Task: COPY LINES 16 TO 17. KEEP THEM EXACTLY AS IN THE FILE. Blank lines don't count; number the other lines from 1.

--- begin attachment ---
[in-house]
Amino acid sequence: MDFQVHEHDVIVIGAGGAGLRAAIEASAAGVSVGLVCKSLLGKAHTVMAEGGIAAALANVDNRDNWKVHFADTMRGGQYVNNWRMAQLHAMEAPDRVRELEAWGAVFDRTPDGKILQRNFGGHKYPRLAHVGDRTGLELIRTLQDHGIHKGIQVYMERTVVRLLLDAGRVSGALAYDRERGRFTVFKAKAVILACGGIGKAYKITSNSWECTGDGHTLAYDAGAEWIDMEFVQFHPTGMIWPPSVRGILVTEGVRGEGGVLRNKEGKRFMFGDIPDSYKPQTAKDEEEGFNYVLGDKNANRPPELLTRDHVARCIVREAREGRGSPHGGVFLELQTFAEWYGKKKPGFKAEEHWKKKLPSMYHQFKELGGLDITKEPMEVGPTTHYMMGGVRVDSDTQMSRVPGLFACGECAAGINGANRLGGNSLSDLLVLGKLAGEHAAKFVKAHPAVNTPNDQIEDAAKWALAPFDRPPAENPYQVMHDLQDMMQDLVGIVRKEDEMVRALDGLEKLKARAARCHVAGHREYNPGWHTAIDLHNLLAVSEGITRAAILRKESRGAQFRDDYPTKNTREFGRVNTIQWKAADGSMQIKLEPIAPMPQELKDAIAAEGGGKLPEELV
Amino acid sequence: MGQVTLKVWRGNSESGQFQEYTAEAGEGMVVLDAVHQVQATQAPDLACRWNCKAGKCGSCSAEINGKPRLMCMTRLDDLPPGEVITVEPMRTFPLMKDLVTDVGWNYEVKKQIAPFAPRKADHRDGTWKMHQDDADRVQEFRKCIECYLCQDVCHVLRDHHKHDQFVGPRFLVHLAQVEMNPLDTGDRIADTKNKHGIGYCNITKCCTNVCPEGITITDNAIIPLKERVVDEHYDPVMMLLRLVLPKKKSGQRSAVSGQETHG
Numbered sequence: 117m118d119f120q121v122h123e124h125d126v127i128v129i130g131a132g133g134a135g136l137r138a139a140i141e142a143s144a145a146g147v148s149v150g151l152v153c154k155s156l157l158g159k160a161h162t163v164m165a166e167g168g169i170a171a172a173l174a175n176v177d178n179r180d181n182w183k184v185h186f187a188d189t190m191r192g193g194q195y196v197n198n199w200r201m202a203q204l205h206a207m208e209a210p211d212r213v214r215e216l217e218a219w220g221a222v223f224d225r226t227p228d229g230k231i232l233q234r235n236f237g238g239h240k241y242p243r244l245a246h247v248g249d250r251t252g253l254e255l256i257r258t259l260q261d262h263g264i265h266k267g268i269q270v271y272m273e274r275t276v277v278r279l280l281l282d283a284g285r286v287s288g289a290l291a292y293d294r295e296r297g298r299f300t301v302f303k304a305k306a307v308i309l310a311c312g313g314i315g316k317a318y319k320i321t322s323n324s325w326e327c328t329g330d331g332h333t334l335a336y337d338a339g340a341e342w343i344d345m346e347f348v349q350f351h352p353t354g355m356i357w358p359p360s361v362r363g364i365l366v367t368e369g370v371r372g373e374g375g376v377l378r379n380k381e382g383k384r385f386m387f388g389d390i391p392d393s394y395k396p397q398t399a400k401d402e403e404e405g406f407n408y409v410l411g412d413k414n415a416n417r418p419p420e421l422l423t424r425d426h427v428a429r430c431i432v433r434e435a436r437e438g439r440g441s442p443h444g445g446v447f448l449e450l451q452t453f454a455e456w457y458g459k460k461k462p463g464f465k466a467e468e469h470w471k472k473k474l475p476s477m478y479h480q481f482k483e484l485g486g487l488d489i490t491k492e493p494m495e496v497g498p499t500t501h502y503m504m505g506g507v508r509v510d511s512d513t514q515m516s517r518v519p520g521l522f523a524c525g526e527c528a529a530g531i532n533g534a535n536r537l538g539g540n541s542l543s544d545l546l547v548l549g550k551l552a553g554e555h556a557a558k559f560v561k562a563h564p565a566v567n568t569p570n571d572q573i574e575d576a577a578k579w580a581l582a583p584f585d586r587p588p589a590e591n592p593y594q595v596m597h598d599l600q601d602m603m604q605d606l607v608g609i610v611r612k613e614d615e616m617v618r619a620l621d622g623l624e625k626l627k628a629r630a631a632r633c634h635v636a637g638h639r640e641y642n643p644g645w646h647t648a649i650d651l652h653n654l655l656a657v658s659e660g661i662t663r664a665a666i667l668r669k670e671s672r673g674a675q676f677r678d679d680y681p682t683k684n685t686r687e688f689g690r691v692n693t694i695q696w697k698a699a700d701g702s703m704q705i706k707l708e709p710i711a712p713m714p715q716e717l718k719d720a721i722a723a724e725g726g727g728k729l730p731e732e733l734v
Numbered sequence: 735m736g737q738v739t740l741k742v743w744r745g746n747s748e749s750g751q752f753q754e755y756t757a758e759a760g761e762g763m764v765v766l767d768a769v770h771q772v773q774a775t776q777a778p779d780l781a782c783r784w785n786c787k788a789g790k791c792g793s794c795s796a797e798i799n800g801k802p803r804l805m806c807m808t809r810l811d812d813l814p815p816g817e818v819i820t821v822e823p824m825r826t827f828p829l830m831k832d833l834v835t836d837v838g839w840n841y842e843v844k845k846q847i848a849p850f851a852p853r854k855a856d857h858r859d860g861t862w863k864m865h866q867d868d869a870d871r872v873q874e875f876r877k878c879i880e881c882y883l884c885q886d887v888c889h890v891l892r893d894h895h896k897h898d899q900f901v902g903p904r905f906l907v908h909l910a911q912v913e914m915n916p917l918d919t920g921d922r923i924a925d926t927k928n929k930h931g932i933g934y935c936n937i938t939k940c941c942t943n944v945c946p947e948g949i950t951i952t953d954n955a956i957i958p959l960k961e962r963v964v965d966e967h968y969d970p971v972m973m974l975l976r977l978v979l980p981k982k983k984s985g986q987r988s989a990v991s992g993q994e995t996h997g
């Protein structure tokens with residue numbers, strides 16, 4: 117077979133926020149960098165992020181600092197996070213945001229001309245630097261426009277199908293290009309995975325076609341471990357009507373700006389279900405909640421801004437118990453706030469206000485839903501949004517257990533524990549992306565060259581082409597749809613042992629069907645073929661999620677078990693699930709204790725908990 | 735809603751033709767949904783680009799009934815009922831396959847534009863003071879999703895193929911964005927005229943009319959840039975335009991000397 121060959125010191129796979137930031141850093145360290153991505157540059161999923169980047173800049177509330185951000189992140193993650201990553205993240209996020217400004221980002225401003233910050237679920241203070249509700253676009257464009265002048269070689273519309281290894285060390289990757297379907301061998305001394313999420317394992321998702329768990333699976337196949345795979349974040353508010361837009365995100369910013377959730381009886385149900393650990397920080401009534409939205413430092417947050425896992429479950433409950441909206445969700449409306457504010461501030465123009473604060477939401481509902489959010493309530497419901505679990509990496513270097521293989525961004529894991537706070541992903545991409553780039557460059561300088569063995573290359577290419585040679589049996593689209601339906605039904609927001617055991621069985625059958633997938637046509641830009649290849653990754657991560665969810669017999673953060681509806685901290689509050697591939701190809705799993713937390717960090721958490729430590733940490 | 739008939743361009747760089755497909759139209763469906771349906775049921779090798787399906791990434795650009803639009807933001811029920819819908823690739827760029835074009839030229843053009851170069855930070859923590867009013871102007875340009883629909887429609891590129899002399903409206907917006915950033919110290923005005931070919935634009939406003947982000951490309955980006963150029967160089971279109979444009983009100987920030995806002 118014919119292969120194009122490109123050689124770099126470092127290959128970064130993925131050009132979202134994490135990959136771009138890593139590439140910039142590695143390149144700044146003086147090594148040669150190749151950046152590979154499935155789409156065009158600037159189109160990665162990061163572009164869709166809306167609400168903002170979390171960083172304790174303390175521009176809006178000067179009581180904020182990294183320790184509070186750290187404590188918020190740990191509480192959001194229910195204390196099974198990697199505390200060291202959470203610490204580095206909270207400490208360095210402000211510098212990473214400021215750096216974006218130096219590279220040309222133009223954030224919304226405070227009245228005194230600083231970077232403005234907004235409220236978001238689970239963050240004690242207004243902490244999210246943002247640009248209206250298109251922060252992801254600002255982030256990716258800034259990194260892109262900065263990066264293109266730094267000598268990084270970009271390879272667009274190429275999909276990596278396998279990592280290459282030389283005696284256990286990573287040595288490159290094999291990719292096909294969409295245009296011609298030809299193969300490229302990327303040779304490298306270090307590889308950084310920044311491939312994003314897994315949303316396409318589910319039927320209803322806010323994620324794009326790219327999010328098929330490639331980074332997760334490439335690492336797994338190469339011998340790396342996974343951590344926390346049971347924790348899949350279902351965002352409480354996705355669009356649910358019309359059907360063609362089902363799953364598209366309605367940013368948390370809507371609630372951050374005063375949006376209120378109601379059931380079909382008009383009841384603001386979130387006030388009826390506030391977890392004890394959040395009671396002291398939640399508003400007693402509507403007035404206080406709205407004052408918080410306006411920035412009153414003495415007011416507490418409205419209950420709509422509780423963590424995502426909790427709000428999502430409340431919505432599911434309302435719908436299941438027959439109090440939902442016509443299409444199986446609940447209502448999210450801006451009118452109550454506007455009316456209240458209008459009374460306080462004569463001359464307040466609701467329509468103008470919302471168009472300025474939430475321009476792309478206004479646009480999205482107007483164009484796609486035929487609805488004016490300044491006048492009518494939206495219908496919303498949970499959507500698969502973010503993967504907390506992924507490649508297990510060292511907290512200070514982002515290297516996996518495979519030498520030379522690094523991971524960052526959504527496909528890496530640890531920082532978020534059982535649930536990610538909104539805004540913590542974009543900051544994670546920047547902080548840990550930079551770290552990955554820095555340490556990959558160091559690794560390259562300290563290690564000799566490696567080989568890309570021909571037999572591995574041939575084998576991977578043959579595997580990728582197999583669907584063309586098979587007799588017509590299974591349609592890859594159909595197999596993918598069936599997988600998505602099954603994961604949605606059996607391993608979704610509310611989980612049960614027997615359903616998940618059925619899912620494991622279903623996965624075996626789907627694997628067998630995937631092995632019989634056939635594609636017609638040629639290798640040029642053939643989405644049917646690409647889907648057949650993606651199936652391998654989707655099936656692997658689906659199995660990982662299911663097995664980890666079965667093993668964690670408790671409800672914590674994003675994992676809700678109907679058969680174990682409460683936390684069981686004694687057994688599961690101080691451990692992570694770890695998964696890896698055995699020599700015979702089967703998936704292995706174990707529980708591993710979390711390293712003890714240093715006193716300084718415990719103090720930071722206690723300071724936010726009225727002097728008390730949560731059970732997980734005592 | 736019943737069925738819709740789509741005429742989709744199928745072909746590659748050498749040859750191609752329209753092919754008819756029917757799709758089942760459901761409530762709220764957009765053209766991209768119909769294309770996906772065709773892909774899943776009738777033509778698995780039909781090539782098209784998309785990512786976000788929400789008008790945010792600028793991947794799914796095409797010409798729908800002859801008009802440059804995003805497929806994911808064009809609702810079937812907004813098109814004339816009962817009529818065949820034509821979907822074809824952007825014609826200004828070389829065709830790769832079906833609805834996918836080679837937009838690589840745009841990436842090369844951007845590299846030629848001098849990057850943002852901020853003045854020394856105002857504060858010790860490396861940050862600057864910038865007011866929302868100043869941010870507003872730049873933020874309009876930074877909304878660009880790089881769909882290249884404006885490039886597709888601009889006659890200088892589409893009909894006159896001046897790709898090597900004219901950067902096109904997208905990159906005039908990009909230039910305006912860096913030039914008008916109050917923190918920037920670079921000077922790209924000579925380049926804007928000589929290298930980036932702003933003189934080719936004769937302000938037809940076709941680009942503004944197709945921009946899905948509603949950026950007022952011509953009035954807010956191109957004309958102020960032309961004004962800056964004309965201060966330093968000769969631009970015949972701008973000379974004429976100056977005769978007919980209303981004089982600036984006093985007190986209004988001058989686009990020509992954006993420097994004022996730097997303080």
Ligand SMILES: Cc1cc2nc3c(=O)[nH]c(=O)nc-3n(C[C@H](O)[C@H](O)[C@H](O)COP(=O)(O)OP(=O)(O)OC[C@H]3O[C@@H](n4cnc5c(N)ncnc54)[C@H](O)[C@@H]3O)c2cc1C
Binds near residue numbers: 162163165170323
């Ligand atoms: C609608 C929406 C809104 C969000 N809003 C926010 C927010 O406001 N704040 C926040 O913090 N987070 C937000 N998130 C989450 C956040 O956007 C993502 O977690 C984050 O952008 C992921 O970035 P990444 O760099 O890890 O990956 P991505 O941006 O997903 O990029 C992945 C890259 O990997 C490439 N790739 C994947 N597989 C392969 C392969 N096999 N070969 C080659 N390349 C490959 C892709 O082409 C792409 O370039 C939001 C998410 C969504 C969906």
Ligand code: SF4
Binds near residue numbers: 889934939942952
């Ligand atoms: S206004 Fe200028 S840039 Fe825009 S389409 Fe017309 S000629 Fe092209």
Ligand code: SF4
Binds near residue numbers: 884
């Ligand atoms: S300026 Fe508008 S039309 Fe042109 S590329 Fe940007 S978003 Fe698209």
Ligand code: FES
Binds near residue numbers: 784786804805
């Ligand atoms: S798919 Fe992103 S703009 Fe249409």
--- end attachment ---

Ligand code: FES
Binds near residue numbers: 784786804805